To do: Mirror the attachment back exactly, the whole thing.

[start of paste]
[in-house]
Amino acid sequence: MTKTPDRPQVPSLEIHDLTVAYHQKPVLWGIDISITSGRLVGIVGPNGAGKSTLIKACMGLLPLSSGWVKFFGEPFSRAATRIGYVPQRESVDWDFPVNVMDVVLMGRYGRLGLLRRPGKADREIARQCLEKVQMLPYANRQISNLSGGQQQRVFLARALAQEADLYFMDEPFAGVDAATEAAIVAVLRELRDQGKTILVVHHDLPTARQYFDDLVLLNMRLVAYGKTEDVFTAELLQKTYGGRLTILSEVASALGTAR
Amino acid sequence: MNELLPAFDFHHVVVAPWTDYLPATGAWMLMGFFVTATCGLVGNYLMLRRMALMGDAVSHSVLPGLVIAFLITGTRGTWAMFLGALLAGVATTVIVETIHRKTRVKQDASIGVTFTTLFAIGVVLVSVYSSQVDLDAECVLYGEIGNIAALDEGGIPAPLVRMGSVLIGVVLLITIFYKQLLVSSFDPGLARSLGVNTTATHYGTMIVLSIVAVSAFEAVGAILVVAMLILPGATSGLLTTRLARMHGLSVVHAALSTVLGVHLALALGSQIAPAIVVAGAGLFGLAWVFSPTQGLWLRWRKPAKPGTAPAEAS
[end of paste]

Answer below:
[in-house]
Amino acid sequence: MTKTPDRPQVPSLEIHDLTVAYHQKPVLWGIDISITSGRLVGIVGPNGAGKSTLIKACMGLLPLSSGWVKFFGEPFSRAATRIGYVPQRESVDWDFPVNVMDVVLMGRYGRLGLLRRPGKADREIARQCLEKVQMLPYANRQISNLSGGQQQRVFLARALAQEADLYFMDEPFAGVDAATEAAIVAVLRELRDQGKTILVVHHDLPTARQYFDDLVLLNMRLVAYGKTEDVFTAELLQKTYGGRLTILSEVASALGTAR
Amino acid sequence: MNELLPAFDFHHVVVAPWTDYLPATGAWMLMGFFVTATCGLVGNYLMLRRMALMGDAVSHSVLPGLVIAFLITGTRGTWAMFLGALLAGVATTVIVETIHRKTRVKQDASIGVTFTTLFAIGVVLVSVYSSQVDLDAECVLYGEIGNIAALDEGGIPAPLVRMGSVLIGVVLLITIFYKQLLVSSFDPGLARSLGVNTTATHYGTMIVLSIVAVSAFEAVGAILVVAMLILPGATSGLLTTRLARMHGLSVVHAALSTVLGVHLALALGSQIAPAIVVAGAGLFGLAWVFSPTQGLWLRWRKPAKPGTAPAEAS